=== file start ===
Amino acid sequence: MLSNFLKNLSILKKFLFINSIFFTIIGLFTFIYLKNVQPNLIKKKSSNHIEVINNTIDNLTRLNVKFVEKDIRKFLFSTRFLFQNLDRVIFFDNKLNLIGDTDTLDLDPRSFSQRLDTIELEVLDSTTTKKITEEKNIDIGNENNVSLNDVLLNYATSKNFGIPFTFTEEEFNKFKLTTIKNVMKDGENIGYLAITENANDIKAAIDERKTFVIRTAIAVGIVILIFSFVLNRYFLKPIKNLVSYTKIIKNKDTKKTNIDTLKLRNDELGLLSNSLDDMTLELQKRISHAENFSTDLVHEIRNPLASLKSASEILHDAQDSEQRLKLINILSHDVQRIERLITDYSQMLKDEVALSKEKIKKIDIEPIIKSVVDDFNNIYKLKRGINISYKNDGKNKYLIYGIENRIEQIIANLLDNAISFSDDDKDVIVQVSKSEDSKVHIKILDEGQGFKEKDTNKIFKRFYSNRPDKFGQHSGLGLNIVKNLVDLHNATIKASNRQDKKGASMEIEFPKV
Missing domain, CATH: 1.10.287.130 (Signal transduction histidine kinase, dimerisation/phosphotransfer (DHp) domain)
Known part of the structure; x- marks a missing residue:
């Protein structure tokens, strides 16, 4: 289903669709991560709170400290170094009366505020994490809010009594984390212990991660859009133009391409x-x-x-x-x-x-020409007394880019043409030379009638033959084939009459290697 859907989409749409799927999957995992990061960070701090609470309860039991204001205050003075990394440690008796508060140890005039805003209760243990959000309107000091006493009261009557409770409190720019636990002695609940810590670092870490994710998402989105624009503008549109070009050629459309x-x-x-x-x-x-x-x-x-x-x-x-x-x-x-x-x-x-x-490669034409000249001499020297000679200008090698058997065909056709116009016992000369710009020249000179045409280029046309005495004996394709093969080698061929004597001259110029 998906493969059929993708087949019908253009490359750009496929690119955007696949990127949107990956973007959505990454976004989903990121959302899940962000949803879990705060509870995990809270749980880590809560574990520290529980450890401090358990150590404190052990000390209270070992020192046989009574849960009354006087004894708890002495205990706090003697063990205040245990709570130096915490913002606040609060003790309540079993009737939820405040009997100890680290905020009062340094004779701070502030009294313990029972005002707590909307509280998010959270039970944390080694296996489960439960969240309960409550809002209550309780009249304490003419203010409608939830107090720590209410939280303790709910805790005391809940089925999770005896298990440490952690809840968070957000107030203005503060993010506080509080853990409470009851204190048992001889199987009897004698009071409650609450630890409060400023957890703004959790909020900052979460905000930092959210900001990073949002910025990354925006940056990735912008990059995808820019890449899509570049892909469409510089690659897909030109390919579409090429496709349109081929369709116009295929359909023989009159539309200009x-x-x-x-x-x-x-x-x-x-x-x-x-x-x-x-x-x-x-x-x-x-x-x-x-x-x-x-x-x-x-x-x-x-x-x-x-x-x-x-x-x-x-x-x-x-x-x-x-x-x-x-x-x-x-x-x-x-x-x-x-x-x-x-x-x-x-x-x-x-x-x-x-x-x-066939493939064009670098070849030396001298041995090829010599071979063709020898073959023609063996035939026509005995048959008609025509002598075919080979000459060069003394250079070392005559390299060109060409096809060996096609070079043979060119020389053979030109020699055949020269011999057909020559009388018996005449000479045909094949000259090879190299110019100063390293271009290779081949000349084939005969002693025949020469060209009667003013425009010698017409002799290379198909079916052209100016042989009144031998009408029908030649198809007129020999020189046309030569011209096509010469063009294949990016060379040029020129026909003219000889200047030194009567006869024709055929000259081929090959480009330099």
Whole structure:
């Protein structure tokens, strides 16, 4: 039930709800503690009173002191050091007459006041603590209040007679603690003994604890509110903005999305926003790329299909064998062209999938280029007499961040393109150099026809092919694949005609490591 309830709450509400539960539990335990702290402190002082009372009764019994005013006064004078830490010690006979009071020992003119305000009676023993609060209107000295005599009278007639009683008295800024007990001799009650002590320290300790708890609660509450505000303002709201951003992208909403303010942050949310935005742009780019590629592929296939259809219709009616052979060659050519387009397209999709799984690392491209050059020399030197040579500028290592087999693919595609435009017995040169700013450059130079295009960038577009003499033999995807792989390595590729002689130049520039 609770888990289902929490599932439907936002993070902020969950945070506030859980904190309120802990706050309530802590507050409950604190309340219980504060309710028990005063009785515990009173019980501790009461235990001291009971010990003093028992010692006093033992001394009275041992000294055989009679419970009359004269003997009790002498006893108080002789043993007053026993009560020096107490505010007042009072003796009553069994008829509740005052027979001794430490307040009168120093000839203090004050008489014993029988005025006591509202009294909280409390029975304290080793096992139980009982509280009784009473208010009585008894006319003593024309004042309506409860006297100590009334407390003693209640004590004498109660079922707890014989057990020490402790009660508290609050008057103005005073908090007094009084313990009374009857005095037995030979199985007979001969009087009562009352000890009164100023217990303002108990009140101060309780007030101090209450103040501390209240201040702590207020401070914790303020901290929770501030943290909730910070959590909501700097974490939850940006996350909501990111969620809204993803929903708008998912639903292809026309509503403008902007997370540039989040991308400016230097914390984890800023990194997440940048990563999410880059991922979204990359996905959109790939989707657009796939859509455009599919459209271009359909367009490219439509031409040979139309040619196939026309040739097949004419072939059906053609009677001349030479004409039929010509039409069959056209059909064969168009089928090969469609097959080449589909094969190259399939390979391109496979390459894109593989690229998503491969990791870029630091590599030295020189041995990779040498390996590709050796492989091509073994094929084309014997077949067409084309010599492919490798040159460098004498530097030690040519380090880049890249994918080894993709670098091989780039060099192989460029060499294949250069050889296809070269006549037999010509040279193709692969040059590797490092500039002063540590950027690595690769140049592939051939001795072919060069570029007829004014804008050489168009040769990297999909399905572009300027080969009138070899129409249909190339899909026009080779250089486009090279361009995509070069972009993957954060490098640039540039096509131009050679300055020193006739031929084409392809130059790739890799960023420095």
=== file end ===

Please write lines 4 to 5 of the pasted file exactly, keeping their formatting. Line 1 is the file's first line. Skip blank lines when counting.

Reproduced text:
């Protein structure tokens, strides 16, 4: 289903669709991560709170400290170094009366505020994490809010009594984390212990991660859009133009391409x-x-x-x-x-x-020409007394880019043409030379009638033959084939009459290697 859907989409749409799927999957995992990061960070701090609470309860039991204001205050003075990394440690008796508060140890005039805003209760243990959000309107000091006493009261009557409770409190720019636990002695609940810590670092870490994710998402989105624009503008549109070009050629459309x-x-x-x-x-x-x-x-x-x-x-x-x-x-x-x-x-x-x-490669034409000249001499020297000679200008090698058997065909056709116009016992000369710009020249000179045409280029046309005495004996394709093969080698061929004597001259110029 998906493969059929993708087949019908253009490359750009496929690119955007696949990127949107990956973007959505990454976004989903990121959302899940962000949803879990705060509870995990809270749980880590809560574990520290529980450890401090358990150590404190052990000390209270070992020192046989009574849960009354006087004894708890002495205990706090003697063990205040245990709570130096915490913002606040609060003790309540079993009737939820405040009997100890680290905020009062340094004779701070502030009294313990029972005002707590909307509280998010959270039970944390080694296996489960439960969240309960409550809002209550309780009249304490003419203010409608939830107090720590209410939280303790709910805790005391809940089925999770005896298990440490952690809840968070957000107030203005503060993010506080509080853990409470009851204190048992001889199987009897004698009071409650609450630890409060400023957890703004959790909020900052979460905000930092959210900001990073949002910025990354925006940056990735912008990059995808820019890449899509570049892909469409510089690659897909030109390919579409090429496709349109081929369709116009295929359909023989009159539309200009x-x-x-x-x-x-x-x-x-x-x-x-x-x-x-x-x-x-x-x-x-x-x-x-x-x-x-x-x-x-x-x-x-x-x-x-x-x-x-x-x-x-x-x-x-x-x-x-x-x-x-x-x-x-x-x-x-x-x-x-x-x-x-x-x-x-x-x-x-x-x-x-x-x-x-066939493939064009670098070849030396001298041995090829010599071979063709020898073959023609063996035939026509005995048959008609025509002598075919080979000459060069003394250079070392005559390299060109060409096809060996096609070079043979060119020389053979030109020699055949020269011999057909020559009388018996005449000479045909094949000259090879190299110019100063390293271009290779081949000349084939005969002693025949020469060209009667003013425009010698017409002799290379198909079916052209100016042989009144031998009408029908030649198809007129020999020189046309030569011209096509010469063009294949990016060379040029020129026909003219000889200047030194009567006869024709055929000259081929090959480009330099």
Whole structure: